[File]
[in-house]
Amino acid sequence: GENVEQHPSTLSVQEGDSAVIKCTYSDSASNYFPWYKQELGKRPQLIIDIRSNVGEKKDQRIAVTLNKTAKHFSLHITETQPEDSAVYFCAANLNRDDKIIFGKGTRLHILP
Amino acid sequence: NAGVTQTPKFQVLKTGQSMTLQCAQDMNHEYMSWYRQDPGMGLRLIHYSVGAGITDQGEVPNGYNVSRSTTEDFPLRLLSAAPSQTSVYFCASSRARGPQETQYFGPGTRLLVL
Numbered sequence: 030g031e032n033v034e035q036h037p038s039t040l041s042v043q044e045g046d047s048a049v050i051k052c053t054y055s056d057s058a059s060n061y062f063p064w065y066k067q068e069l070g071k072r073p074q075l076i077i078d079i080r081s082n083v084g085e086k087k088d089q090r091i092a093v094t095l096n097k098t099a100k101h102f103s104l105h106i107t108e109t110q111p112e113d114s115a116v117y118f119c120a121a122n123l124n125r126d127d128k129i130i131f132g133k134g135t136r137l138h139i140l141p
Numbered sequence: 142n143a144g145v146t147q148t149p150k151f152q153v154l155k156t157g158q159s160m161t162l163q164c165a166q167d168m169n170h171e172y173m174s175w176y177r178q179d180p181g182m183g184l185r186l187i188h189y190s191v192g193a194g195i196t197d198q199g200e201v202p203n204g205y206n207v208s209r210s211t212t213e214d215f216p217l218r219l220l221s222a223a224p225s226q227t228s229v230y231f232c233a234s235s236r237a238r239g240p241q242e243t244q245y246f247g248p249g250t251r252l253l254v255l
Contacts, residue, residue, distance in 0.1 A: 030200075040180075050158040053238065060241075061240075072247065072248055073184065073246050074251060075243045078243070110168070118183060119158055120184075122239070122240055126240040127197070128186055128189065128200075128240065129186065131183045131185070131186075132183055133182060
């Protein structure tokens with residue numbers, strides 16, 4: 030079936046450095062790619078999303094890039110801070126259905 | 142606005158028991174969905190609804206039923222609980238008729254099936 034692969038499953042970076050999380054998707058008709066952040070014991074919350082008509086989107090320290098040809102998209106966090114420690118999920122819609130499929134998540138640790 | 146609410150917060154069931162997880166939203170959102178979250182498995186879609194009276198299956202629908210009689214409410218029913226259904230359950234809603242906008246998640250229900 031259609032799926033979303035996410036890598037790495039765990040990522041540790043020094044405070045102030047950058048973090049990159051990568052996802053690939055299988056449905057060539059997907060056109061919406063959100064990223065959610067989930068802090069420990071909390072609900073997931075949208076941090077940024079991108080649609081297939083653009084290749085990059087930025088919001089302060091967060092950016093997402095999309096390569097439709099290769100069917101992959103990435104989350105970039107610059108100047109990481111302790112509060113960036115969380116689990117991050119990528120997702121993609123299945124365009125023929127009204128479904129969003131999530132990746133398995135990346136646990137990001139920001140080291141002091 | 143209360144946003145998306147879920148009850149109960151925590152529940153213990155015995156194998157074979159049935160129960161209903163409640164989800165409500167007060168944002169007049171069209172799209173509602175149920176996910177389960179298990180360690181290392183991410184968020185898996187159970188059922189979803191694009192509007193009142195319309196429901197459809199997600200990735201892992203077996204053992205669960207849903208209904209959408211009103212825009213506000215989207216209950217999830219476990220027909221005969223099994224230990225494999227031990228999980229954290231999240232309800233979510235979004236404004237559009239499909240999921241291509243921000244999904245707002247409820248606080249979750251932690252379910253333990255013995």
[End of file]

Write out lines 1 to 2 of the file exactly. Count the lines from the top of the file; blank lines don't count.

[in-house]
Amino acid sequence: GENVEQHPSTLSVQEGDSAVIKCTYSDSASNYFPWYKQELGKRPQLIIDIRSNVGEKKDQRIAVTLNKTAKHFSLHITETQPEDSAVYFCAANLNRDDKIIFGKGTRLHILP